Don't send stressed assets to IBC: PowerMin to FinMin

The IBC experts suggest that one ministry can't advise another ministry over this issue.

The RTI reply also revealed that the power ministry had sought an extended 270 days time period to resolve stressed assets as against the standard 90 days period. (File Photo for Representation)

The Ministry of Power has advised the Finance Ministry not to refer stressed power-plants to the National Company Law Tribunal (NCLT) for the bankruptcy procedure in a bid to prevent losses to the banks, an RTI has revealed.

A letter from the Minister of Power RK Singh to the then Finance Minister (with interim charge) Piyush Goyal advised the Finance Ministry against any such move to put the 34 power plants, which owe in excess of Rs 1.8 lakh crore to banks, through the Indian Bankruptcy Code (IBC) procedure.

“Pushing such assets for resolution under the IBC in a hurry may jeopardise the energy security of the country and may force liquidation of such assets at a fraction of their cost thus causing huge losses to the banking sector. It may not be out of place to mention that NPAs in the power sector form the largest chunk of total NPAs in the banking sector,” the letter dated June 20, 2018, sourced from RTI activist Venkatesh Nayak by DH, revealed.

It is pertinent to note that the discretion of referring the stressed assets through the bankruptcy procedure lies with the creditors and the government has no role to play in it, according to the law. "I don't know what exactly happened... But it's the sole discretion of the creditors to refer companies to NCLT," a senior Finance Ministry official told DH.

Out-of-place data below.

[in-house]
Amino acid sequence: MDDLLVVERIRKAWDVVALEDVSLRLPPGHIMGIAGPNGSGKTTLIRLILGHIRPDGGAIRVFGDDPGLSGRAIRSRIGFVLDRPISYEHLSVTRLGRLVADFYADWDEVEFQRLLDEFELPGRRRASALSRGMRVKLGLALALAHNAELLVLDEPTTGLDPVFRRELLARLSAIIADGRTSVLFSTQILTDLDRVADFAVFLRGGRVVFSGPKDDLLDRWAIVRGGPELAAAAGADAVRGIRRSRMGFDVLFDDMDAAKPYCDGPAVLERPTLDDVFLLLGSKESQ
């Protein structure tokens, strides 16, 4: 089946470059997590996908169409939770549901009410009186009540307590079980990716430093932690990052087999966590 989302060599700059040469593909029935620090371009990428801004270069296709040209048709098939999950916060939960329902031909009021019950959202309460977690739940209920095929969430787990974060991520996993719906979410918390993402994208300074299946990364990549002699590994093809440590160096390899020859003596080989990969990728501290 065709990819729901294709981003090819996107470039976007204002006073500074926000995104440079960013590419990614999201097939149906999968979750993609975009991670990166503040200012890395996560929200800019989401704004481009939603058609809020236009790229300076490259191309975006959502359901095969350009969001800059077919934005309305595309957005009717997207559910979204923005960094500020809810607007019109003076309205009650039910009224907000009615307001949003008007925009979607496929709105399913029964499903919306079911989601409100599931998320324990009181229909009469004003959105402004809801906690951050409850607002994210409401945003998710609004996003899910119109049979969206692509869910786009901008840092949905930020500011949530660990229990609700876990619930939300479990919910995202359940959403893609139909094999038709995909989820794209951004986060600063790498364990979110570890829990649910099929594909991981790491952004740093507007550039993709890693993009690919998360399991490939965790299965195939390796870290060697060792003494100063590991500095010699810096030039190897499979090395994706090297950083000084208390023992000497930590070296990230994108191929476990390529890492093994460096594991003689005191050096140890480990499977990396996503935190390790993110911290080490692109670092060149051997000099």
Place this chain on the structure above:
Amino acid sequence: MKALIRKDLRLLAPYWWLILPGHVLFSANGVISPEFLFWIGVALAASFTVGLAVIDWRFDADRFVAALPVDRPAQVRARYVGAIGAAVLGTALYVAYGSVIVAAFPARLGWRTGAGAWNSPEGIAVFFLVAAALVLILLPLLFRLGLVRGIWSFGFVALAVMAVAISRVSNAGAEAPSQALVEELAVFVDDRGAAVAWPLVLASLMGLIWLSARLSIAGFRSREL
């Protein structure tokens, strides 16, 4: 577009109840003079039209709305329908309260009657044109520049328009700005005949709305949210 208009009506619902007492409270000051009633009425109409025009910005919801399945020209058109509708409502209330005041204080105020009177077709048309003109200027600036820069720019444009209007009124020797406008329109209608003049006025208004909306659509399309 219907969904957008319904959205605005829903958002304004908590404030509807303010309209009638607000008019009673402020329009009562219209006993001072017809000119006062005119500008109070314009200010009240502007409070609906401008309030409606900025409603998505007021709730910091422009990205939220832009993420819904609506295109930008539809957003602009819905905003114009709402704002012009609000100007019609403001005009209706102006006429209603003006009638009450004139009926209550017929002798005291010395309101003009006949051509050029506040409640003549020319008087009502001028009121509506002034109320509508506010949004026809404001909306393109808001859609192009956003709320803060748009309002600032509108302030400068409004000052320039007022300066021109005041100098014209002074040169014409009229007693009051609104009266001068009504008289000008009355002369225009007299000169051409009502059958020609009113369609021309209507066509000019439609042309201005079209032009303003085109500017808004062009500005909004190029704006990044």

The IBC experts suggest that one ministry can't advise another ministry over this issue. "That's ridiculous! There are going to be losses for banks anyway in the IBC process. It cannot be advised in writing," Sandeep Kumar Gupta of Whitworth Insolvency Professionals said.

The RTI reply also revealed that the power ministry had sought an extended 270 days time period to resolve stressed assets as against the standard 90 days period.

Of all the NPAs in the power sector, KSK Mahanadi Power Company tops the list with Rs 19,373 crore, followed by Adani Power Maharashtra Ltd (Rs 14,850 crore) and Prayagaraj Power Generation Corporation (Rs 11,494 crore) among others.

The country’s largest lender State Bank of India alone comprises of 12 of the 34 stressed assets, followed by Power Finance Corporation (5), Axis Bank (4) and Punjab National Bank (4), among others.

The detailed communiqué between Prime Minister’s Office, Power Ministry, and the Finance Ministry reveal that despite instructions to inspect all the stressed power plants, the government has inspected only seven power plants, and none of them are among the top three NPAs of the sector.

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